My decision to develop my business and a home office was not an easy one. Fears of failure, financial loss and homelessness each played out in my mind. There were so many “What ifs.”
I took each one in turn and determined solutions I could implement. Asking for help, learning, and skill development were all considered viable options. The most difficult one? Learning how to ask for help, a skill in itself. The second half of that is learning to accept the help.
Taking the First Step
Your first step is research: learn what works for others, consider you and if you can adapt suggestions to your style. There is nothing set in stone that cannot be changed. Flexibility is key to any plan.
There is a plan. Considerations for making a move to becoming self-employed should include all aspects of your daily life. For instance:
- Financial: paying the bills and feeding oneself. Create a survival fund with enough for at least six months.
- Home Office Needs: what will you need to set up a home office?
- Niche: your specialty. What will you do in your new business?
- Schedule: what hours are you going to work?
- Distractions: how will you cope with distractions?
- Services: what services will you need to support you in your home business?
Questions to Consider
Before you quit your job, consider creating a plan of action. One that will allow for the process of moving from employee to business owner.
- What is your skill set? What do you excel at? Feel great doing?
- Is there a niche for your skill set?
- If there is one, how much competition do you face? Is there room for you.
- Do you have to improve your skills or can you get started immediately?
- What do you need to get started?
- Business Cards
- Home office equipment: computer, printer, fax?
- Space at home or will the kitchen table offer enough room?
- What do you need to do to minimize distractions?
- Can you set a schedule to work by at home and stick to it?
- What plan do you need to create to mitigate contingencies?
- How will you cope with your naysayers?
- How will you cope with overwhelm?
- Who can you ask for help? Advice?
A very important tool to have is a notebook, pencils, and pens. You will want to write notes, make lists, jot ideas. I find writing instead of typing is more productive and I retain information better. I created a work journal.
Challenges You May Face
Working from home is very different than working for someone else in his/her office. The rules are different, they are created by someone else. Working in someone else’s office translates to pay no matter what. You can get away with slacking off, that is until you get caught. Slack off at home, spend too much time reading emails, surfing social media, etc. and you do not earn for the time.
Discipline is important, focus, creating a schedule you can work with. Making room for distractions and emergencies is a must.
Moms and dads desire to be home with the children. The children and pets have a schedule of their own. Good luck getting them to understand you are too busy working to play. My dogs have finally settled into a schedule that works with my business hours. It took us a lot of trial and error to get it right and to help them adjust. Bladders operate on their own schedule.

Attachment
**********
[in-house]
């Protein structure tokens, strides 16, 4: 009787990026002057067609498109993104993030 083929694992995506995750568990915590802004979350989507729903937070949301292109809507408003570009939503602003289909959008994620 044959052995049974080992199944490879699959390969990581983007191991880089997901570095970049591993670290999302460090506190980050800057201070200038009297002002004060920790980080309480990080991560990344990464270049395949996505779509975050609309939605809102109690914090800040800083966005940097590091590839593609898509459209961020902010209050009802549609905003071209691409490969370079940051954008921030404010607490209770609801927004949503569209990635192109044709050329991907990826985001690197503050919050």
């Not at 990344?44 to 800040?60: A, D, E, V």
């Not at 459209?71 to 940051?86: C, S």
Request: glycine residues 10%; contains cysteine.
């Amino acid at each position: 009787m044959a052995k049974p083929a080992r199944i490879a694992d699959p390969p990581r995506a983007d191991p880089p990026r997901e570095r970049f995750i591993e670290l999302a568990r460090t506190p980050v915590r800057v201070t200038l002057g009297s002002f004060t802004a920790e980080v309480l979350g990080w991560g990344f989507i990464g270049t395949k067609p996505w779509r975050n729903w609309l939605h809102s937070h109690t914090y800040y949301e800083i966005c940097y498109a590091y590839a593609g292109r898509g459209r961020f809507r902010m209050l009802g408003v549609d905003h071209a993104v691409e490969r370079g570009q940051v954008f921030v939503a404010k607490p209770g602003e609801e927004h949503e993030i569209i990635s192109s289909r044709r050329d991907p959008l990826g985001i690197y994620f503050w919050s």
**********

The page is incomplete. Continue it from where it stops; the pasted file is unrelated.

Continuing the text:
The other challenge I faced it getting my friends to understand that just because I am home does not mean I am at their disposal. I had to provide a schedule and stipulate emergencies were acceptable reasons to reach out. The next was to define an emergency.
I was the other one I had to train. It is so easy to put off working on a project. It is much more difficult to put off clients. When I scheduled time for me to work for myself, it was easy to allow others to intervene in my plans. I have to keep giving myself permission to feel guilty when I say no. The process goes like this, “I cannot right now, have to finish this project, however, I have time….” That works for all involved. Including my clients.
I am the hardest one to train. I love to play, take naps, and eat junk food. However, it does not pay the rent. After the first few weeks, some rules became a habit that I have maintained. Others are flexible rules and continue to evolve.
Patience & Practice
We can be our own worst critics. In the few years I have sought inside for my personal truth, learning to overcome obstacles I set up, changing behaviors and developing mindfulness skills to improve my life, the one constant is self-punishment.
We learn as children punishment or discipline is the correct behavior to changing bad habits. Mistakes are made, punishment or discipline occurs. Yes, punishment or discipline, they do not share the same ingredients, similar in results.
Parents seek to correct their children to conform to a set of rules. It is a life lesson, one that carries into our adult life. One that I never considered was a habit. I make a mistake, self-punishment. Reinforced by employers who have enforced that behavior, playing the role of parent at work. I know I am not the only one who has had employers rage at them for mistakes.